PLAYING Pokemon Go in church is equivalent to “religious hatred.”
At least that’s what a Russian court has ruled.
A judge in Russia ruled that local blogger Ruslan Sokolovsky, 22, was guilty of inciting religious hatred after he posted a video last year showing him playing the game in a church in the city of Yekaterinburg. That Russian Orthodox Church is where the last emperor of Russia and his family were shot to death during the Russian Civil War.
He was sentenced to a three and a half year suspended sentence. The video blogger has been in detention since October.
In televised remarks, Judge Yekaterina Shoponyak said Sokolovsky’s behaviour and anti-religious videos were a disrespect for society and “intended to offend religious sentiments.”
The judge said the Pokemon Go incident was not the only reason Sokolovsky faced trial. She said his “offensive” videos were also the reason, including “mockery of the immaculate conception,” “denial of the existence of Jesus and Prophet Muhammad” and “giving an offensive description of Patriarch Kirill,” the head of the Russian Orthodox Church.
In a news conference after the verdict was read, Sokolovsky thanked the media for raising attention to his case. Had the public not known about his arrest, he said, the sentence would have been a lot worse.
“Until the very last moment I didn’t know what the sentencing would be, that’s why I was very nervous and feared I would get a real prison term,” he told the BBC.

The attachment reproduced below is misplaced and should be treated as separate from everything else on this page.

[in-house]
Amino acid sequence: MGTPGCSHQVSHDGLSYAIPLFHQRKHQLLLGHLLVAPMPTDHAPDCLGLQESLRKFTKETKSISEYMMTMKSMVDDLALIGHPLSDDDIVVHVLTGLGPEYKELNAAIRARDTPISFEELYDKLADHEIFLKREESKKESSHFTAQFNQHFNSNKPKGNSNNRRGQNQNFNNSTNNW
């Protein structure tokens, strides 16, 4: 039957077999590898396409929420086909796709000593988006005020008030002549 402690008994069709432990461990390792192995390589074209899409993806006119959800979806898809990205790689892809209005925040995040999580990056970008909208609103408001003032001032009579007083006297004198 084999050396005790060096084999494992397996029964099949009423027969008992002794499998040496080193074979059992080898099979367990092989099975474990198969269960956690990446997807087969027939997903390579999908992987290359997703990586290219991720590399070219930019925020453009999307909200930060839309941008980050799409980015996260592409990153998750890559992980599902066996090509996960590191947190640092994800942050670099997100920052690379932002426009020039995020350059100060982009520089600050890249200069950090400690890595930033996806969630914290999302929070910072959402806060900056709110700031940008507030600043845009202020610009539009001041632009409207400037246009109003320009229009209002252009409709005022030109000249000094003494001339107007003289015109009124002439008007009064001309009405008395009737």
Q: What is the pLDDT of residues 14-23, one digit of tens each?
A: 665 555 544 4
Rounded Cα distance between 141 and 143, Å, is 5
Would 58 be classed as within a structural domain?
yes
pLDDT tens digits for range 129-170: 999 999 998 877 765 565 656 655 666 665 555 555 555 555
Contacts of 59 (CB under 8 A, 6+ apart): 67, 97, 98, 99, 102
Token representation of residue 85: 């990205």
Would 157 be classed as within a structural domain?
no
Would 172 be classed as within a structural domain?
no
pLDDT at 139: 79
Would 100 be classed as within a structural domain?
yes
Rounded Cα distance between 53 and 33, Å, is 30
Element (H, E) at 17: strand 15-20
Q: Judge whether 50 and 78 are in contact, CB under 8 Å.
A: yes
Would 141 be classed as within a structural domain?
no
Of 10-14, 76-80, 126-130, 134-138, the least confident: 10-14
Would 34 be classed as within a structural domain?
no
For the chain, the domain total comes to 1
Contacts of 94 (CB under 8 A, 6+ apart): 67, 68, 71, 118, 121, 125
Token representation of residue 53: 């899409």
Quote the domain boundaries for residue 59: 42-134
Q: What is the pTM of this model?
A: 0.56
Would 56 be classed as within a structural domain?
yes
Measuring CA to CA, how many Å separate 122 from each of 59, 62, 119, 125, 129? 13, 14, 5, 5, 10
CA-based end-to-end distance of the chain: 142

Once an officially atheist state, Russia has made a stunning turnaround since the fall of the Soviet Union, with the majority of Russians now identifying themselves as Orthodox Christians.
Although most Russians are not observant, the Kremlin has been eager to harness faith to promote its own agenda. The guilty verdict for the Pussy Riot members emboldened radical religious activists who have been successful in their public campaigns to get theatre performances banned and exhibitions closed. Last year, activists launched a drive to collect signatures to end state funding for abortion.
Sokolovsky’s conviction caused outrage in Russia with many prominent figures describing it as a condemnation of atheism.
“I was born and grew up in the Soviet Union where 98 per cent of citizens were atheists,” opposition leader Alexei Navalny tweeted on Thursday while the hearing was being webcast. “And now I’m listening to a verdict where a man has been convicted for atheism.”
Mikhail Fedotov, head of the Russian presidential human rights council, told the Interfax news agency after the verdict that the council would study the case files but he welcomed that fact that Sokolovsky was given a suspended sentence, not a prison term.